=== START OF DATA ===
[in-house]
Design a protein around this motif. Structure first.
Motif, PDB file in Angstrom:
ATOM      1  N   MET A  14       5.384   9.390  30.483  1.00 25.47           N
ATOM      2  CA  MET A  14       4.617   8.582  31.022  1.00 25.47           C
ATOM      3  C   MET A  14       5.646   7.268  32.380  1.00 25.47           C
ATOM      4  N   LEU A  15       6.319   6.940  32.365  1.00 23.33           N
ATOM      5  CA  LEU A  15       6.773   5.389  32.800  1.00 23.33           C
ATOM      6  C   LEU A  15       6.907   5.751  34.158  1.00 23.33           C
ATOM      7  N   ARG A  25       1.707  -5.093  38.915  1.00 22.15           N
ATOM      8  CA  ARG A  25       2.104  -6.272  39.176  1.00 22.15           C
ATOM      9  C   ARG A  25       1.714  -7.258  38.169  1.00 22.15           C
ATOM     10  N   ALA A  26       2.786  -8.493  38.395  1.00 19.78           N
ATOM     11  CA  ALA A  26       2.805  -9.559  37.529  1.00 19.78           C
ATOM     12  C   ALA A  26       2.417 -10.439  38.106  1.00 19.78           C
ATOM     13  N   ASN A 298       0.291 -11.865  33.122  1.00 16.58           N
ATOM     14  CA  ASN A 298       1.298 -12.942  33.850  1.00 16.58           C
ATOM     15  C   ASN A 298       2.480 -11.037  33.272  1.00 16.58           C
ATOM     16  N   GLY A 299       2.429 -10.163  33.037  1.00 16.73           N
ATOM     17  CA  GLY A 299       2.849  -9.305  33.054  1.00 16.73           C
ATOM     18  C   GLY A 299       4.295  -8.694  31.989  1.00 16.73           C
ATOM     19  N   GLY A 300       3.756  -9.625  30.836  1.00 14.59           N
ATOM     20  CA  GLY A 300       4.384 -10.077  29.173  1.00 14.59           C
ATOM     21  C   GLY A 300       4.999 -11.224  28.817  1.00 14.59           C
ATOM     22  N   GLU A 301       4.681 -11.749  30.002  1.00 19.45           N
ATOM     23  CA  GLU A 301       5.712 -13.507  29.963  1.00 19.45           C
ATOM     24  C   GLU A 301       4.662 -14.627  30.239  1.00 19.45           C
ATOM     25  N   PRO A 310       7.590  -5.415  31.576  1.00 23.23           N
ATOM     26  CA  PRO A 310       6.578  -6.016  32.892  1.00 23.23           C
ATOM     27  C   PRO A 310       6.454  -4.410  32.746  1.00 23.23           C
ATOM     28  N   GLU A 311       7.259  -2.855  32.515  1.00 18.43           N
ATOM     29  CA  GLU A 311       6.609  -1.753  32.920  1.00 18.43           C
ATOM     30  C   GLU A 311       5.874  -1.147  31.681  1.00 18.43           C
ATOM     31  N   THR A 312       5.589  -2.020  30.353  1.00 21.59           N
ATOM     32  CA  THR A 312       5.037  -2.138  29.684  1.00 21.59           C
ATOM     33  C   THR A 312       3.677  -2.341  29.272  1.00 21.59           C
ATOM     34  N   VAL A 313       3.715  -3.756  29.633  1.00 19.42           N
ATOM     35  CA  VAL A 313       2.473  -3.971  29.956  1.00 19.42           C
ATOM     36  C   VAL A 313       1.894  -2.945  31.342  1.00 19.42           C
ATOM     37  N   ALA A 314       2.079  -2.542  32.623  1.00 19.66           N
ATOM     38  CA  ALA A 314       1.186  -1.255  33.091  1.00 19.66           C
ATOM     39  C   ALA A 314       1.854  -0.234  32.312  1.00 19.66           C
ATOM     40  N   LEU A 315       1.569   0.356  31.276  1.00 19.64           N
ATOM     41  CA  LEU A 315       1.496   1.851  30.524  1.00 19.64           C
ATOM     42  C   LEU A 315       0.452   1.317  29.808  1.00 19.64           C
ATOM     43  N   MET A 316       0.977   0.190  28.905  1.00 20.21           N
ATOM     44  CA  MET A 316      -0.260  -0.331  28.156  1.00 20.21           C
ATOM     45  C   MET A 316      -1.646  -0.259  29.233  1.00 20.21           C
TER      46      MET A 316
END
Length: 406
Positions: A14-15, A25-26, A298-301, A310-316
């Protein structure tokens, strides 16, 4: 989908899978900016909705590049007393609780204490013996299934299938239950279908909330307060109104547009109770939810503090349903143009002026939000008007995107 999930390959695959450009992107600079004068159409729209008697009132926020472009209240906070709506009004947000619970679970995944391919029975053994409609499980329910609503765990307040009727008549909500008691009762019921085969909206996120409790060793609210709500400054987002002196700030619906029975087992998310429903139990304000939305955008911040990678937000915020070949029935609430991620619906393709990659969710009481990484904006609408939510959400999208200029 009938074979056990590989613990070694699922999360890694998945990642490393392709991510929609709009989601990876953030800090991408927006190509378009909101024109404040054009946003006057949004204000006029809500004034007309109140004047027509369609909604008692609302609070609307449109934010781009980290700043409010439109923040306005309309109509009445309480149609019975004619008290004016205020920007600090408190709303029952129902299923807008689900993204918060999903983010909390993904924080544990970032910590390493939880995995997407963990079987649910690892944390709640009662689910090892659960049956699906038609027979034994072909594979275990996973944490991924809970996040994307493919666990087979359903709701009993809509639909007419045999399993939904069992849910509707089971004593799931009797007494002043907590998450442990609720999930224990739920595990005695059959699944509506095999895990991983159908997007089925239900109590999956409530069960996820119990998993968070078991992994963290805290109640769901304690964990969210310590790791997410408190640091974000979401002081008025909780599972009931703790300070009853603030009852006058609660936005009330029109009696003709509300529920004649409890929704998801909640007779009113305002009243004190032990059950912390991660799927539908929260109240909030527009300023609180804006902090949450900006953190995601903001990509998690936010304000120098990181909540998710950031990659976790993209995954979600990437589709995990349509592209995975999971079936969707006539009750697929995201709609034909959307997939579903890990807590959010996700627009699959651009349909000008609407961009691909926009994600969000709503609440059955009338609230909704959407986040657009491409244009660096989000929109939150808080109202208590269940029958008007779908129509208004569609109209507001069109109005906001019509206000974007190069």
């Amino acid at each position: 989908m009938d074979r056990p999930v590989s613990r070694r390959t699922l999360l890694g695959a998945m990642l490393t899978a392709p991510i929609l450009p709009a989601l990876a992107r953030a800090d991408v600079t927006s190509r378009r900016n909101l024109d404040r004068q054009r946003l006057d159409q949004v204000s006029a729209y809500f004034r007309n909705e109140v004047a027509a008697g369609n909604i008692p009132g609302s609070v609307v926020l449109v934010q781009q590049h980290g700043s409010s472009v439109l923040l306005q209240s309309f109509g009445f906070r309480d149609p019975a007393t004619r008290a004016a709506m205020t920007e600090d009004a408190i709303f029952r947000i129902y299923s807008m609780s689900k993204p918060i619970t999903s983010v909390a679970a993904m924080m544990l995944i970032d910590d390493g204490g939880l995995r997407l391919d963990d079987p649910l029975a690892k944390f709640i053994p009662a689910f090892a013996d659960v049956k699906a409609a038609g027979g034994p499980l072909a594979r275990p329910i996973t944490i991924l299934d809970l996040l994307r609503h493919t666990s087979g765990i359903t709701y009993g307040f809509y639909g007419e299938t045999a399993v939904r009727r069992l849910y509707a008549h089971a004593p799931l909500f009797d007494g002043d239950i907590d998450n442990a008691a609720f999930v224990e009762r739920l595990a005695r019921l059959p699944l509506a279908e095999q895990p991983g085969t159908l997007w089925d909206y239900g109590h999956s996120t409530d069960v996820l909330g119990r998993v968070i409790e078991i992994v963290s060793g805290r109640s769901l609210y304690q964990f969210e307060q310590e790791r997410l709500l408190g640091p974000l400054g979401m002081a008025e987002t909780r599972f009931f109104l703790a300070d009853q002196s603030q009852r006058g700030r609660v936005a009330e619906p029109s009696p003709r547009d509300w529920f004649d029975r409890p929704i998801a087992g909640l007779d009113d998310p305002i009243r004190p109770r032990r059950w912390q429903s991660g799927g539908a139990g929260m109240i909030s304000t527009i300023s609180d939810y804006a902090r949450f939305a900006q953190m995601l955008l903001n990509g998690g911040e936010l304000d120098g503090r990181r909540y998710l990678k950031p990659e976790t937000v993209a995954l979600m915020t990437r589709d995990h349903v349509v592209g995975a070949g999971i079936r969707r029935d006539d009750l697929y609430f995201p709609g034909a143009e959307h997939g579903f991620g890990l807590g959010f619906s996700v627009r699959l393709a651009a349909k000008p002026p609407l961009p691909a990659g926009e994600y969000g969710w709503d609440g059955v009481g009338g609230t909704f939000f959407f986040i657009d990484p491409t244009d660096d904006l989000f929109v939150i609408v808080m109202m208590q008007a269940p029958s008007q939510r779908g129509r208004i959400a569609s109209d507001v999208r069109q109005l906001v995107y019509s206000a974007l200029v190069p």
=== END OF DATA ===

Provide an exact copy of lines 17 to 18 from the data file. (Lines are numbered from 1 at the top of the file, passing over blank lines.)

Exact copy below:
ATOM     14  CA  ASN A 298       1.298 -12.942  33.850  1.00 16.58           C
ATOM     15  C   ASN A 298       2.480 -11.037  33.272  1.00 16.58           C